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Persian Fire: The First World Empire, Battle for the West Paperback – 8 Sep 2005

106 customer reviews

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Product details

  • Paperback: 448 pages
  • Publisher: Little, Brown; New edition edition (8 Sept. 2005)
  • Language: English
  • ISBN-10: 0316731021
  • ISBN-13: 978-0316731027
  • Product Dimensions: 0.3 x 0.3 x 0.3 cm
  • Average Customer Review: 4.5 out of 5 stars  See all reviews (106 customer reviews)
  • Amazon Bestsellers Rank: 1,381,347 in Books (See Top 100 in Books)

More About the Author

Historian Tom Holland has adapted Homer, Herodotus, Thucydides and Virgil for BBC Radio. Rubicon was shortlisted for the Samuel Johnson Prize and won the Hessell-Tiltman Prize for History 2004, and Persian Fire won the Anglo-Hellenic League's Runciman Award 2006.

Product Description

Review

Gripping and authoritative ... An awe-inspiring story of the struggle for freedom (Express)

Confident, fluent and accessible, and with salutary lessons for our own times, this is history at its best (The Times)

Book Description

A brilliant new account of the world's very first clash of civilisations between the Persians and the Greeks in 480BC.

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Customer Reviews

4.5 out of 5 stars

Most Helpful Customer Reviews

73 of 76 people found the following review helpful By P. Pensom on 26 May 2006
Format: Paperback
Last summer I was carried away to the far distant Roman republic in Holland's 'Rubicon', and enthralling as that book was, the author has excelled himself with 'Persian Fire'. This is partly because, unlike 'Rubicon', where he compressed centuries of events in to one modest book, 'Persian Fire' is far more narrow in scope, and hence moves forward with much greater narrative thrust.

If, like me, your knowledge of the titanic battles between Persia and Greece in 5th Century BC is scanty then you are in for a treat. I found myself unable to put this book down, greedily devouring chapters as if it were a novel. In 'Rubicon', the sheer breadth of the book meant it was easy to become lost in the labyrinthine twists and turns of Roman politics, and often I had to remind myself of the identity of a character. In 'Persian Fire' however, the key events are dictated by a much smaller cast, and are all balanced around a central fulcrum: the great invasion of the west by the east. This gives the book incredible dynamism.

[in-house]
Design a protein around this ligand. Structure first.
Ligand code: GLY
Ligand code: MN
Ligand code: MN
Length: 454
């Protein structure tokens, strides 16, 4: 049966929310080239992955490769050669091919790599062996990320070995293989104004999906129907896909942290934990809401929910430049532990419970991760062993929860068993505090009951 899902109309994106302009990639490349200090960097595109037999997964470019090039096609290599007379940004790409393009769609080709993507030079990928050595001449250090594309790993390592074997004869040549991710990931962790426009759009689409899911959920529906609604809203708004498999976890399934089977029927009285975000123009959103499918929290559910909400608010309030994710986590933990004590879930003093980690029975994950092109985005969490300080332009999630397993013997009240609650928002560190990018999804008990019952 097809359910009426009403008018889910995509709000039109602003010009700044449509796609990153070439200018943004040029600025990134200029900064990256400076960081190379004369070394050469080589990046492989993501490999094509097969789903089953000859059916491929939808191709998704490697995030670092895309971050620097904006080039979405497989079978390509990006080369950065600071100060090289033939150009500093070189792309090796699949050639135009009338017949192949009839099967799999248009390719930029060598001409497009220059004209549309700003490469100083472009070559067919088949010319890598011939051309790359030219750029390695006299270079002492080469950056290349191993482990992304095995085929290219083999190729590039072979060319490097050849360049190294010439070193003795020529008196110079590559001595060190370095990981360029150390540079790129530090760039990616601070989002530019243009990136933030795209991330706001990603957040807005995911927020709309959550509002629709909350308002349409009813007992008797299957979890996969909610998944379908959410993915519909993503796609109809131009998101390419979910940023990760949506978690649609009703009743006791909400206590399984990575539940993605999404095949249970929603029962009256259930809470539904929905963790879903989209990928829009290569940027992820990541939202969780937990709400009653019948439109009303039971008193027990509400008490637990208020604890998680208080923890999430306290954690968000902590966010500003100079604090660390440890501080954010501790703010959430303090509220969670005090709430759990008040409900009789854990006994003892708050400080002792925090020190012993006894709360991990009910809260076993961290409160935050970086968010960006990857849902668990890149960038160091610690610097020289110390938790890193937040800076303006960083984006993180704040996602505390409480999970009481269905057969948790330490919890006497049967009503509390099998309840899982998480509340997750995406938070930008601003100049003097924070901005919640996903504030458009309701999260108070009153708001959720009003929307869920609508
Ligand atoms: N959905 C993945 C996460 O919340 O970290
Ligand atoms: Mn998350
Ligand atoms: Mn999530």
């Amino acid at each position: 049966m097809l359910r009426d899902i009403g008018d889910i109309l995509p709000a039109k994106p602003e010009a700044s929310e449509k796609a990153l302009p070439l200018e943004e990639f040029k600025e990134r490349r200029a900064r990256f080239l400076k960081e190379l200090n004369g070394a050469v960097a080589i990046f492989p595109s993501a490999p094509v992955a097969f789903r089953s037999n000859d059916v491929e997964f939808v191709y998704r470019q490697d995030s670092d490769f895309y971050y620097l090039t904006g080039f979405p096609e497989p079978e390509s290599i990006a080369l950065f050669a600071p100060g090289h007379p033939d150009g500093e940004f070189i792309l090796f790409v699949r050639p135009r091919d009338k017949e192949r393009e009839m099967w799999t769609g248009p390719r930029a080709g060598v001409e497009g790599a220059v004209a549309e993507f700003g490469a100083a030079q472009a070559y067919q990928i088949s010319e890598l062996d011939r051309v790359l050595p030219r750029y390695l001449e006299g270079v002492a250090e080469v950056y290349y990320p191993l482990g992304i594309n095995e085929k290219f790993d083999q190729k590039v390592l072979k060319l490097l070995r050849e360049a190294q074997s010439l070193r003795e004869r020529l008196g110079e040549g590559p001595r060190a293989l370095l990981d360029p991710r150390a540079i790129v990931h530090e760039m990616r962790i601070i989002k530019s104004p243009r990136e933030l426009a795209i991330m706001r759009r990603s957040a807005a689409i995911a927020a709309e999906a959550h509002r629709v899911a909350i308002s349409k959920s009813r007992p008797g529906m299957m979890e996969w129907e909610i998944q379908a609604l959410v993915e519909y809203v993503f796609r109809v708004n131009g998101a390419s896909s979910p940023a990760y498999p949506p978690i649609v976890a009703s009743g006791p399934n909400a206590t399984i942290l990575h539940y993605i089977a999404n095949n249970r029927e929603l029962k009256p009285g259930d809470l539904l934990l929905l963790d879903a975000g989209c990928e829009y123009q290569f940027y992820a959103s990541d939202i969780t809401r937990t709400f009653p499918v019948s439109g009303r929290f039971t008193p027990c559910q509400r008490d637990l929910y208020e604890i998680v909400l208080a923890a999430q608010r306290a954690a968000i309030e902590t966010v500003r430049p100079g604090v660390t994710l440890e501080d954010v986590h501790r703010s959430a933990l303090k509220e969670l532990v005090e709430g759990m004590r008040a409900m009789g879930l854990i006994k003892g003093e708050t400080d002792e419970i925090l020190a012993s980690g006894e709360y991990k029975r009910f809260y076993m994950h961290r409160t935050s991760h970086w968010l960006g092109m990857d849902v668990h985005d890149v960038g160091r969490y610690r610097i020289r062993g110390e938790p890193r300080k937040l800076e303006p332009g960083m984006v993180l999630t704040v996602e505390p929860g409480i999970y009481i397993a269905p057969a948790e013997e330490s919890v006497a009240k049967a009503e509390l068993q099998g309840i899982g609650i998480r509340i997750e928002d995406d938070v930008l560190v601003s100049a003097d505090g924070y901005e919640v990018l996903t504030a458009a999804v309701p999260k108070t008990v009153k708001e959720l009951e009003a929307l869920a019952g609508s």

If I were to make one minor cavil, it would be that occasionally Holland tries too hard to make the story relevant to contemporary concerns. The book is littered with modish language and modern references which it would be much better without. Anyone with a passing interest in the subject will be enthralled with this narrative, without constant, obvious comparisons to the functioning of modern superpowers. And can we really be sure that buzzwords like 'spin' and 'bling' will make any more sense to future generations than anachronistic slang from the 1920s does to us? I think not, but that is only a slight blemish on an otherwise outstanding work.
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23 of 24 people found the following review helpful By N. Clarke on 10 May 2007
Format: Paperback
In contrast to Steven Pressfield's Gates of Fire, which often lurches toward the more vicarious macho thrills afforded by blood-and-guts descriptive writing, this is well-written, thought-provoking history which is accessible for non-history buffs. It deals in equal measure with the origins of Persian expansion in the middle east, and how the nascent Greek societies were, in contrast to their foes, politically riven, frequently at war with each other, but brilliantly inventive when it came to military tactics.